However, there are certain fabrics I think all women should draw the line at. If it’s made of a sticky polyester, it’s always going to be a sticky polyester. If it gives you electric shocks when you try it on and clings, spraying it with all the hairspray in the world (an old trick to de-static polyester) isn’t going to help. Similarly, I avoid loose knits. They lose their stretch and look tired fast. Even expensive ones get that saggy-elbow look, and if you’ve got bigger boobs they stretch to the point where it just looks like the cat has slept in it.

And I avoid chenille. I find it very dating – in an ageing way, rather than a date-night way.

Trinny Woodall Scan Shopping
Instagram/Trinny Woodall

Think: will I wear it – a lot?

So you’ve found a piece that’s the right colour and shape. Stop for a second and ask yourself this: will you wear it more than 20 times? Can you imagine this new friend with the old friends you’ve already got? What will play with it? This is all part of the process of quickly identifying clothes that you love, that will suit you, and you will wear time and time again. I recently found a sleeveless sequined dress in the Harvey Nichols sale and I had to really creatively think of at least four ways I’d wear it with what I’ve already got – a cashmere jumper on top, a white tee underneath…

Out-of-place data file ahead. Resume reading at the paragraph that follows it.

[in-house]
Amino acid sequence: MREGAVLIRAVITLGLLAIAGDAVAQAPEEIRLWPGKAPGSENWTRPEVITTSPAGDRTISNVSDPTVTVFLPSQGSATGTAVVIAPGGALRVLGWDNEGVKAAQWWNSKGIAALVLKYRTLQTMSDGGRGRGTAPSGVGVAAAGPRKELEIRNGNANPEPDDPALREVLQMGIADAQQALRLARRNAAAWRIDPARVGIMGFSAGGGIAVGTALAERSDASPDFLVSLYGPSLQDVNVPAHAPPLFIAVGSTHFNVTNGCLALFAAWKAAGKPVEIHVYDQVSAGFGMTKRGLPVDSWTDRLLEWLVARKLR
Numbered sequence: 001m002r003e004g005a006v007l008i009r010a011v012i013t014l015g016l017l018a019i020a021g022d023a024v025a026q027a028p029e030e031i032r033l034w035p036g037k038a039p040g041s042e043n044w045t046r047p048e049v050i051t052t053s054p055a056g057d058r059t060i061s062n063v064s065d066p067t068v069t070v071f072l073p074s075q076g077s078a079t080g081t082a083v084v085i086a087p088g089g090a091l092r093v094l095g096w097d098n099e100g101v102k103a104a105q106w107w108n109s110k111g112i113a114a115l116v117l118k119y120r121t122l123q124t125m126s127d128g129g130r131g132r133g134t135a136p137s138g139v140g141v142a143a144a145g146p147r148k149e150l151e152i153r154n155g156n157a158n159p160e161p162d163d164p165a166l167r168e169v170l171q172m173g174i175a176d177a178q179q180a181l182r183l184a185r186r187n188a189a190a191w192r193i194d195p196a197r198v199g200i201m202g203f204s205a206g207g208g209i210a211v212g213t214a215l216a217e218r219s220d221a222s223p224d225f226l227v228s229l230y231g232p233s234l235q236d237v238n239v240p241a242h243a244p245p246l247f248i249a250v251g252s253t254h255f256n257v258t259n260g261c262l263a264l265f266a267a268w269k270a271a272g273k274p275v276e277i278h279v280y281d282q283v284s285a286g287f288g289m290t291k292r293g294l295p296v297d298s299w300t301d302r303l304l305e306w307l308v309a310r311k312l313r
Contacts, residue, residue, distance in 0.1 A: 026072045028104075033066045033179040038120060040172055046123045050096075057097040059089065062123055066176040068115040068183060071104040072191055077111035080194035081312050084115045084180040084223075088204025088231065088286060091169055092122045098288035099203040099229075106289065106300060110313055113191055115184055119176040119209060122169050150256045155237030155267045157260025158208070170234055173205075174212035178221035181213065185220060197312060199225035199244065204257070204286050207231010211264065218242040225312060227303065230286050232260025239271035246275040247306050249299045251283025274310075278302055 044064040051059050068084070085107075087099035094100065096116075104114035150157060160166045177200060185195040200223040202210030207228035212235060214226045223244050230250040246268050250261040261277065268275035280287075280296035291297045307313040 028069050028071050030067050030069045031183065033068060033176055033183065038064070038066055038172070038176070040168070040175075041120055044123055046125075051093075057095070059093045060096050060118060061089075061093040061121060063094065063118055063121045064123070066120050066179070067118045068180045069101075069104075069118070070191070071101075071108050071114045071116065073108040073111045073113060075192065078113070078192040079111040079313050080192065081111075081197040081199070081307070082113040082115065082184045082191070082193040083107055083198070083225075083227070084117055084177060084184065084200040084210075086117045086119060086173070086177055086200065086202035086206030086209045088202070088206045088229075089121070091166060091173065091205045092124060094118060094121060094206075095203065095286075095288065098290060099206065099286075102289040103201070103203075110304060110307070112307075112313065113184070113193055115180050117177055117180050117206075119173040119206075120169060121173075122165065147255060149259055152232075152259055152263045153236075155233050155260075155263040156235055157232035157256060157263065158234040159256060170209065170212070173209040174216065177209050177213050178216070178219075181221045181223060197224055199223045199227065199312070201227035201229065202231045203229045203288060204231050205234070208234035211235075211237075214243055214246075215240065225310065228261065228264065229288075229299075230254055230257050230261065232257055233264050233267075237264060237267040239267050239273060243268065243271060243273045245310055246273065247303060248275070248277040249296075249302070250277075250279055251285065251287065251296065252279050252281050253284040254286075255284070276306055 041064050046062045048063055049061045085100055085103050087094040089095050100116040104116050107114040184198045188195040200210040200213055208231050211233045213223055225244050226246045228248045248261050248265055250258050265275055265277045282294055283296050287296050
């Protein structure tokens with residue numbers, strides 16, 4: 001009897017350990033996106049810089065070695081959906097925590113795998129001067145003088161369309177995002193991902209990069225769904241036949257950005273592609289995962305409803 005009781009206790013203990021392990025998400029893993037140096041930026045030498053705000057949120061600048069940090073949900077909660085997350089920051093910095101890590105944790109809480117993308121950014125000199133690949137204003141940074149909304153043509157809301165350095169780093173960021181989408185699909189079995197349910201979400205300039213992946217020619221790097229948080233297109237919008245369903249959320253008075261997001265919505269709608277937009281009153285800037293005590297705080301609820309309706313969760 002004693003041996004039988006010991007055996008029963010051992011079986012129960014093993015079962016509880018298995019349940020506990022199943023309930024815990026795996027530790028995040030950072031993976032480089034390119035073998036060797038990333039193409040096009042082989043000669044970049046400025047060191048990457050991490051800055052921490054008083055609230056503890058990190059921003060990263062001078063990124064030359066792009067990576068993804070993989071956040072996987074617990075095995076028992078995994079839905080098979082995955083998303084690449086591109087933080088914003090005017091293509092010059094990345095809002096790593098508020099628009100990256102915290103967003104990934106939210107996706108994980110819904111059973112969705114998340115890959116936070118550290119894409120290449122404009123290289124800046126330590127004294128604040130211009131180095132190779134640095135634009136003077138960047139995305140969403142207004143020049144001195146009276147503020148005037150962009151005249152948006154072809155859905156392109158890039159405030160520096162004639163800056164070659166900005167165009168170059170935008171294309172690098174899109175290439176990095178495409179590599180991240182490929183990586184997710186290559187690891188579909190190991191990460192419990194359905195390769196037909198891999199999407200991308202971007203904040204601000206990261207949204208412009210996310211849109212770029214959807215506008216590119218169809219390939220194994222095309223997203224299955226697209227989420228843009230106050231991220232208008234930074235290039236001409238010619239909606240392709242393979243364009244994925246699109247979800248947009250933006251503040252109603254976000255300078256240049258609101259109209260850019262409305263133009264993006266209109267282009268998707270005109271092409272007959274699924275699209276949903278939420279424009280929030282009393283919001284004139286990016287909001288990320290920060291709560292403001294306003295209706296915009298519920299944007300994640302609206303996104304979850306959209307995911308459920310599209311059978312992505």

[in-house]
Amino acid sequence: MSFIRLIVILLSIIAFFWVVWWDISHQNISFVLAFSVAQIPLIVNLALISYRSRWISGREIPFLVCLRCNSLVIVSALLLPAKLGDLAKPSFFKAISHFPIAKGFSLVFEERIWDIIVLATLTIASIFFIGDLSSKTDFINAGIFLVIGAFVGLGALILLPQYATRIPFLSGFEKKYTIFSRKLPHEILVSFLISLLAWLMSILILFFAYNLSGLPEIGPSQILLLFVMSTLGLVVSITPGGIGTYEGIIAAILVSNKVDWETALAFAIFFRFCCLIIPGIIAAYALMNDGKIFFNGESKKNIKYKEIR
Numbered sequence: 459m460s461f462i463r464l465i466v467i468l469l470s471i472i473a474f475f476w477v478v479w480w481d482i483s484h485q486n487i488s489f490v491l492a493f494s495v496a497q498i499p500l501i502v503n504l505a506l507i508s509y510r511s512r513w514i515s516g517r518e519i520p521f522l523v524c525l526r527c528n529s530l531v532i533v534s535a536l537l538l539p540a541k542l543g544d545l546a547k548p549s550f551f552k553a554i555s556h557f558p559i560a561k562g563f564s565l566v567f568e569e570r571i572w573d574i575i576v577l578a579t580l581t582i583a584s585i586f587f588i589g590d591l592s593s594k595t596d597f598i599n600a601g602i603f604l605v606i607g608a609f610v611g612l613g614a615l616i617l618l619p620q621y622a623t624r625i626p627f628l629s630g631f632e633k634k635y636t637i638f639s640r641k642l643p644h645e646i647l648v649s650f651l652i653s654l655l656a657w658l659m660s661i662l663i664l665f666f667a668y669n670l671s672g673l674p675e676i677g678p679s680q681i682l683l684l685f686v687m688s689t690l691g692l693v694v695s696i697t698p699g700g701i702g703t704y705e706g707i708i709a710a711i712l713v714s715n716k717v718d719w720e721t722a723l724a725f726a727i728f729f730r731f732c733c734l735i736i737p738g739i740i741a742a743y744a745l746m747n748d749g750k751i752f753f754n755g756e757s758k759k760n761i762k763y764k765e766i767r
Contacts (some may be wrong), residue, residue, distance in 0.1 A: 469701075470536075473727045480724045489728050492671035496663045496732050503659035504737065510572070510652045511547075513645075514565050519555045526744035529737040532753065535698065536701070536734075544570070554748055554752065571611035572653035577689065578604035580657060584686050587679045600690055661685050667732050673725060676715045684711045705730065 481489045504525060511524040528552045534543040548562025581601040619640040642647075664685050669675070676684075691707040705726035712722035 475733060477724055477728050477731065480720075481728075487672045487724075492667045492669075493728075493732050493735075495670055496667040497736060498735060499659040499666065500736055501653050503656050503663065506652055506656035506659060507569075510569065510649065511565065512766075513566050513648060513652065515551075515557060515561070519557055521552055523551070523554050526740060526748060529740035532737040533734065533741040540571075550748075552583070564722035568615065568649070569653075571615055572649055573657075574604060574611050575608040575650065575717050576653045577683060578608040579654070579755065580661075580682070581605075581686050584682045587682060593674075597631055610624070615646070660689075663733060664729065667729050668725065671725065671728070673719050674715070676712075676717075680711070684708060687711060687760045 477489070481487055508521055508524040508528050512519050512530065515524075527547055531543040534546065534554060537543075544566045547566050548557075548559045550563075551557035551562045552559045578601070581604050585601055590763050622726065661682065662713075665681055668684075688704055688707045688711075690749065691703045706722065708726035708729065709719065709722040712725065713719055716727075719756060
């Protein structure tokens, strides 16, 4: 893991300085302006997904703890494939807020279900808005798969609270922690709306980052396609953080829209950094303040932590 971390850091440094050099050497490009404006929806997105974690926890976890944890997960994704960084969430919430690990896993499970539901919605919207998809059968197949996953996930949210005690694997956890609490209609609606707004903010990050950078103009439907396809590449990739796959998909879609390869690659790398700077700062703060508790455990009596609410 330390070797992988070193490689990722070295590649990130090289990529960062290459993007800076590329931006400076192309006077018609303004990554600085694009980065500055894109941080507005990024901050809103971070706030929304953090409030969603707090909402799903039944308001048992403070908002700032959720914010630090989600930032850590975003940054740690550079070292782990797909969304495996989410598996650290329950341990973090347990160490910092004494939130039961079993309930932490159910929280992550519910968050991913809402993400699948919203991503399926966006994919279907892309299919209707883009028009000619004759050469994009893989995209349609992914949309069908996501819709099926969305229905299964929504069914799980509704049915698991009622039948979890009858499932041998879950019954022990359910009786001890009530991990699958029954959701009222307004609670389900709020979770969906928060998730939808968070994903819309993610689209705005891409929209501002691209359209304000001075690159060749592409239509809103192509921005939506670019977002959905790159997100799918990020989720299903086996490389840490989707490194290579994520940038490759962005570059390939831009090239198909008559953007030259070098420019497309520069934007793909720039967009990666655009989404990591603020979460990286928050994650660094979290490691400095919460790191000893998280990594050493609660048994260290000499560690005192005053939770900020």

Get techno clever

The latest technology gives you all the benefits of in-store shopping – feeling the fabric, seeing what a garment is like in the flesh – with the convenience of buying online. Get it sent to your home and try it on with the other clothes in your wardrobe. With many changing rooms closed due to Covid, and long queues because of restrictions at till points, now’s the time to capitalise on apps and mobile sites. Zara, H&M, Mango, Massimo Dutti, Bershka, Pull & Bear, Urban Outfitters and New Look have apps that allow you to scan the barcode of an item in-store and add it to your online basket and have it delivered to your home address.

Focus on what you want

The following shops are good for particular pieces…

  • Topshop Unique has great partywear.
  • I always head to Zara for tailoring.
  • Arket is best for basics.
  • & Other Stories is my go-to for colour and pattern.
  • H&M is brilliant for fun jewellery.
  • Cos has fabulous coats.

Trinny is the founder of Trinny London, trinnylondon.com

As told to Claire Coleman